Searching for motivation to once again get cracking on my book for an eight-hour stretch, I stumbled across this excellent trove of East German labor propaganda. These particular images were produced at the tail end of Communist Era, and they reflect the nation’s struggles to keep pace with the West. There are plenty of mentions of the concept of “competition,” though the propagandists seem to want to stoke rivalries between individual workers, rather than between companies. I guess we all know how that approach turned out.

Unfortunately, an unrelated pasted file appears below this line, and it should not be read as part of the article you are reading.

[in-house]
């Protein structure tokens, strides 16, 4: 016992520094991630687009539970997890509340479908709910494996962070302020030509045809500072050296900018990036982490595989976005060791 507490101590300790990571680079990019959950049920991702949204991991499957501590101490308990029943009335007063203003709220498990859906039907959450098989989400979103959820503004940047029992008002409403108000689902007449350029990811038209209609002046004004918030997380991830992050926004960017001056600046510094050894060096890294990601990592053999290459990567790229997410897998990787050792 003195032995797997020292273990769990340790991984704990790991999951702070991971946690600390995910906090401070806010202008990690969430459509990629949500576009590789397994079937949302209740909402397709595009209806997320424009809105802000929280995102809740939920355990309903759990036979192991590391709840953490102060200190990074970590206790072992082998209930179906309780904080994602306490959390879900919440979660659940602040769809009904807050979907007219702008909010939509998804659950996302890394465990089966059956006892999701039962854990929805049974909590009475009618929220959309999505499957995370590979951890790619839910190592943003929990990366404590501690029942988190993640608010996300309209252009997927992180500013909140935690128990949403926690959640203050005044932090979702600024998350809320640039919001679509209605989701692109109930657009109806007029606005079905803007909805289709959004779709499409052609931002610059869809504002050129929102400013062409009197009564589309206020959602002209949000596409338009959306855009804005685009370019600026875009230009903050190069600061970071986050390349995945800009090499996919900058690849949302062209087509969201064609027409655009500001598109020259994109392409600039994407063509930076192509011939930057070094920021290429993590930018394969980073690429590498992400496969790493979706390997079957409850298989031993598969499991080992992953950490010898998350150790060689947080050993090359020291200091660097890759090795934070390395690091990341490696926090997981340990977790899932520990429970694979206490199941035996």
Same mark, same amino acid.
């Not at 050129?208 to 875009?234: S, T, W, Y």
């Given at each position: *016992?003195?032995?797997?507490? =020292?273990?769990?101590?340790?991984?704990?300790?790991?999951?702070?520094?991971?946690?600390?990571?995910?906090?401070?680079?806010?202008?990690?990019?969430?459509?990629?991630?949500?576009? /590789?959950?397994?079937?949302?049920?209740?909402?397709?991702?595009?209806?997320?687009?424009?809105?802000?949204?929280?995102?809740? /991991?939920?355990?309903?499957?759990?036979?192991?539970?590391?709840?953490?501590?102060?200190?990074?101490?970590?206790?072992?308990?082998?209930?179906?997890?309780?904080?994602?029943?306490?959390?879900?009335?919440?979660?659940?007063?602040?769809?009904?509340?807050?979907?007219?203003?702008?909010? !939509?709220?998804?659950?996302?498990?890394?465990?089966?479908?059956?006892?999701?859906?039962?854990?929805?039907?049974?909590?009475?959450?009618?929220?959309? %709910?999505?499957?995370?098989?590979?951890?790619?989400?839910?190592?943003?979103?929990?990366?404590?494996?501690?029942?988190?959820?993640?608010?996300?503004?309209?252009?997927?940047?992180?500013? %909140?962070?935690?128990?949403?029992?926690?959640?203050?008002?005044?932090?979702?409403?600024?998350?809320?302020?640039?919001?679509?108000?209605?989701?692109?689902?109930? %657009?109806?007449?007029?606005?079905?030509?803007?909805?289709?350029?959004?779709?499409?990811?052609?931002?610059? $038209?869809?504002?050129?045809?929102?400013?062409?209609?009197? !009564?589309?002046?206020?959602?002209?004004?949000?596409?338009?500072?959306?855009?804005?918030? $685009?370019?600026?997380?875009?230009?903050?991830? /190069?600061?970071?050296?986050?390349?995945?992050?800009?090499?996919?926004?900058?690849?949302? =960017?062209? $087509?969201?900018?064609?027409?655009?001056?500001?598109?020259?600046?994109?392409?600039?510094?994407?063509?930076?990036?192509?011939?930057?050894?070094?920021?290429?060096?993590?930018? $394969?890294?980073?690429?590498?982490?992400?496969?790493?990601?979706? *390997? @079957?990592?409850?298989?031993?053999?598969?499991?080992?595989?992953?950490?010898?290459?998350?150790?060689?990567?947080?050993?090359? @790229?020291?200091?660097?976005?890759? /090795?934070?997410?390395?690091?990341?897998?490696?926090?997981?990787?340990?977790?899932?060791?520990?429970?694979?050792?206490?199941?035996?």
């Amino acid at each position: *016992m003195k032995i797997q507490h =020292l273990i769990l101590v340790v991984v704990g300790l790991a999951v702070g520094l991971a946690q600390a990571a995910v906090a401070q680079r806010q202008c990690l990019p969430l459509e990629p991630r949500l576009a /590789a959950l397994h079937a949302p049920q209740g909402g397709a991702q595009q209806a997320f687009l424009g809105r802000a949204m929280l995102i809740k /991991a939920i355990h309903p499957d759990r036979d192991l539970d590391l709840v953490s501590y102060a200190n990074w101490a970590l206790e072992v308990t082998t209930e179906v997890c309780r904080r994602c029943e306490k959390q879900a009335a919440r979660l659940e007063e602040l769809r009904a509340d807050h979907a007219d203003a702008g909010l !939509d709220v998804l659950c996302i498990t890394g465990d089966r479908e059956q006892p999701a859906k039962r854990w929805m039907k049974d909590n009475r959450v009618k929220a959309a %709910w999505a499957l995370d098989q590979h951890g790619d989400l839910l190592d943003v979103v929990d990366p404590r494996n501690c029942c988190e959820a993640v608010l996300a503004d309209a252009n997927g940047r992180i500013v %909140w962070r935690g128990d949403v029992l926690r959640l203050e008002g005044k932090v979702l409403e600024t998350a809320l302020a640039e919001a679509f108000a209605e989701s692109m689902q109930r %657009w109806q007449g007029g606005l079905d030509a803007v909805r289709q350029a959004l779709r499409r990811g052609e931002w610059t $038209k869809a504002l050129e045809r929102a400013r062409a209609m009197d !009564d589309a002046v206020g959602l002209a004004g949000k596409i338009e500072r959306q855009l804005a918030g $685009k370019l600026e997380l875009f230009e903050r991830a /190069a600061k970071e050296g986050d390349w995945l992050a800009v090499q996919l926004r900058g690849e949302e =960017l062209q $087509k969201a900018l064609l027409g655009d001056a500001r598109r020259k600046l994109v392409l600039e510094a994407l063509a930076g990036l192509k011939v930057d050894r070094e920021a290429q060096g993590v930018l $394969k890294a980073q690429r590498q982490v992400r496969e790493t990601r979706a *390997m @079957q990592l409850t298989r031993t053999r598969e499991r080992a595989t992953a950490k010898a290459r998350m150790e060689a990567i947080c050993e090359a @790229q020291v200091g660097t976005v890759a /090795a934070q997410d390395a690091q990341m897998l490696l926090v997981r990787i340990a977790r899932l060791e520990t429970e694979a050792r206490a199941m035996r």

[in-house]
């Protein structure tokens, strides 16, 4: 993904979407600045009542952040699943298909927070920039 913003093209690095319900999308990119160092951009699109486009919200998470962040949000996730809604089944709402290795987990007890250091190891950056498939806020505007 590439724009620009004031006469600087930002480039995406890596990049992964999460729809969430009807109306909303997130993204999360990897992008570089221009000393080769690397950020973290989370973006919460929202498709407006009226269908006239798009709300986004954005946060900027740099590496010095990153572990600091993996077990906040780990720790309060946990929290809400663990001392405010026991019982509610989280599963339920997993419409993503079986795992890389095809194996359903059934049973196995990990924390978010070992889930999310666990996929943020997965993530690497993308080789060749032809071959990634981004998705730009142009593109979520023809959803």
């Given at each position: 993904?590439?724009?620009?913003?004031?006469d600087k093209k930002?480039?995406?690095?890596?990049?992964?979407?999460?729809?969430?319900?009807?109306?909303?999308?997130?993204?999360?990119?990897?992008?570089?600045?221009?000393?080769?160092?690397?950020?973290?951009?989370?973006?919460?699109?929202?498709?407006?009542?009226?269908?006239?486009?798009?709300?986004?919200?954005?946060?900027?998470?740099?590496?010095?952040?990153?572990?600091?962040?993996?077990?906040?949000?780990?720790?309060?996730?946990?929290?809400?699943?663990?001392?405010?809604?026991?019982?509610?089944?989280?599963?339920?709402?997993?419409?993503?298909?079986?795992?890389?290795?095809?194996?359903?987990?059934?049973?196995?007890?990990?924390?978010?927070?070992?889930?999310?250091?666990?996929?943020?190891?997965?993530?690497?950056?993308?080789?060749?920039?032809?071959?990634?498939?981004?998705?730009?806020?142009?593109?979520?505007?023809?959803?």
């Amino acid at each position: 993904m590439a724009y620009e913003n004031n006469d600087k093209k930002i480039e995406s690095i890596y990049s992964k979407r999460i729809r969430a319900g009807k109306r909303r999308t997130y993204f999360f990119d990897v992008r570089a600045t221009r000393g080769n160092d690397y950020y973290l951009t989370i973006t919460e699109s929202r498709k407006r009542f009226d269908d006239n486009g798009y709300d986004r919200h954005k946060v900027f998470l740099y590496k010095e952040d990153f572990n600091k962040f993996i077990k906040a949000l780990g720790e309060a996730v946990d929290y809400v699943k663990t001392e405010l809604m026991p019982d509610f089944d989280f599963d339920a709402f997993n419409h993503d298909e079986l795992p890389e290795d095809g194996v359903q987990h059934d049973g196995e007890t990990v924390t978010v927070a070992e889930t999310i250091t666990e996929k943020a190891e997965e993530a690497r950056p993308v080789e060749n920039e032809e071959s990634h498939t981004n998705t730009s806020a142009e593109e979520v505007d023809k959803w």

The collection is part of a larger Calvin College archive, which includes some priceless relics from East Germany’s 30th anniversary as well as satirical cartoons that dared to gently mock the country’s pollution woes. In looking at the posters and leaflets that feature photographs of actual humans, I have to wonder whether certain East Germans were able to make decent livings as models—not because they were particularly attractive, but rather because their looks were judged to represent the Communist ideal. Like this happy lady fresh from her shift at the factory—surely she was sort of a Carol Alt of the proletariat.